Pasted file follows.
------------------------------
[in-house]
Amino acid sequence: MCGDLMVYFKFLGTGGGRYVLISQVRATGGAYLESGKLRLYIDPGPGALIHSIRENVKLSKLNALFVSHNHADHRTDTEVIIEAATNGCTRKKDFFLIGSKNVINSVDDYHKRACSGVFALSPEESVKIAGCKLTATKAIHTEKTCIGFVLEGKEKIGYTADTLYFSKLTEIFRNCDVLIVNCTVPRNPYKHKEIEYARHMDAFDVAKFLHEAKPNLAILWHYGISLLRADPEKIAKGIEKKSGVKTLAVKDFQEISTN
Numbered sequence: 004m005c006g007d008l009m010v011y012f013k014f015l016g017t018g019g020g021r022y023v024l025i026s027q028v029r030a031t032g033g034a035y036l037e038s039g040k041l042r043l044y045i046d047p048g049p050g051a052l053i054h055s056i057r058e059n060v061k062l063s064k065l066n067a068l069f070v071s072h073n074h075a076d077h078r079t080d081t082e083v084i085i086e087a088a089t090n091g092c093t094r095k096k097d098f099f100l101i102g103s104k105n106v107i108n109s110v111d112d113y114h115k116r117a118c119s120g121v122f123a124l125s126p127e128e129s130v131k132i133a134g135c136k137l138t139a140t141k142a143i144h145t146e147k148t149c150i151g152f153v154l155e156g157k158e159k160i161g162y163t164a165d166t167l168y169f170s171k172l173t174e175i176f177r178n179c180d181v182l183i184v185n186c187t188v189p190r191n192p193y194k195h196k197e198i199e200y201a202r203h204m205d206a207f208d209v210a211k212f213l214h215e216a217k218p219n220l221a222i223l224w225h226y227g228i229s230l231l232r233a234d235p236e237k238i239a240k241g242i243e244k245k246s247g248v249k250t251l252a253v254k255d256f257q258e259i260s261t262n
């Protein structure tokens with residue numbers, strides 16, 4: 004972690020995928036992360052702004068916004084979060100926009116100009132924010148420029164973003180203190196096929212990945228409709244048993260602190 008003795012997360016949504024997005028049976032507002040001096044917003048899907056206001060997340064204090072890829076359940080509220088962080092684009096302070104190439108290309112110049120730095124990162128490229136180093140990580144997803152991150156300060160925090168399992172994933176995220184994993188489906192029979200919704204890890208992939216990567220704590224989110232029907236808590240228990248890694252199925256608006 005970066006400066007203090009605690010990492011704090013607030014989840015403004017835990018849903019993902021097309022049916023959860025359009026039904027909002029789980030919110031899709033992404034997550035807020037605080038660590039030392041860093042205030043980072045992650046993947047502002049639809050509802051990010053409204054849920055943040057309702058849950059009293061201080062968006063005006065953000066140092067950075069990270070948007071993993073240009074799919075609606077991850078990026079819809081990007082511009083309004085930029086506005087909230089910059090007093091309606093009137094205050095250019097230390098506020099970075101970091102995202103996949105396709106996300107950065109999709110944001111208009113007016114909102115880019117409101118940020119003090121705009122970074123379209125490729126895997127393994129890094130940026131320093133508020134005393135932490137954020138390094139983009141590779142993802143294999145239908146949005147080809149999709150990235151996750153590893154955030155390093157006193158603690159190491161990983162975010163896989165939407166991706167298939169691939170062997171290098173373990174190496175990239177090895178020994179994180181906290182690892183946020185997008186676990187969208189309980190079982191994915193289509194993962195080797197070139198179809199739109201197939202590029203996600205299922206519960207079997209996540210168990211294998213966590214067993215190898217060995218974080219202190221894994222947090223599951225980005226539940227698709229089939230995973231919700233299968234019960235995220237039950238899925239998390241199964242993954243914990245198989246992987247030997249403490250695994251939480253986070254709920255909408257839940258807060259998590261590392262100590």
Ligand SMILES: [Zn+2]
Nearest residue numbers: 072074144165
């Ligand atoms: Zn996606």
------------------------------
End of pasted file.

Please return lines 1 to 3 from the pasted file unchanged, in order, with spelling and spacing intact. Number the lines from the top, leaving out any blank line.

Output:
[in-house]
Amino acid sequence: MCGDLMVYFKFLGTGGGRYVLISQVRATGGAYLESGKLRLYIDPGPGALIHSIRENVKLSKLNALFVSHNHADHRTDTEVIIEAATNGCTRKKDFFLIGSKNVINSVDDYHKRACSGVFALSPEESVKIAGCKLTATKAIHTEKTCIGFVLEGKEKIGYTADTLYFSKLTEIFRNCDVLIVNCTVPRNPYKHKEIEYARHMDAFDVAKFLHEAKPNLAILWHYGISLLRADPEKIAKGIEKKSGVKTLAVKDFQEISTN
Numbered sequence: 004m005c006g007d008l009m010v011y012f013k014f015l016g017t018g019g020g021r022y023v024l025i026s027q028v029r030a031t032g033g034a035y036l037e038s039g040k041l042r043l044y045i046d047p048g049p050g051a052l053i054h055s056i057r058e059n060v061k062l063s064k065l066n067a068l069f070v071s072h073n074h075a076d077h078r079t080d081t082e083v084i085i086e087a088a089t090n091g092c093t094r095k096k097d098f099f100l101i102g103s104k105n106v107i108n109s110v111d112d113y114h115k116r117a118c119s120g121v122f123a124l125s126p127e128e129s130v131k132i133a134g135c136k137l138t139a140t141k142a143i144h145t146e147k148t149c150i151g152f153v154l155e156g157k158e159k160i161g162y163t164a165d166t167l168y169f170s171k172l173t174e175i176f177r178n179c180d181v182l183i184v185n186c187t188v189p190r191n192p193y194k195h196k197e198i199e200y201a202r203h204m205d206a207f208d209v210a211k212f213l214h215e216a217k218p219n220l221a222i223l224w225h226y227g228i229s230l231l232r233a234d235p236e237k238i239a240k241g242i243e244k245k246s247g248v249k250t251l252a253v254k255d256f257q258e259i260s261t262n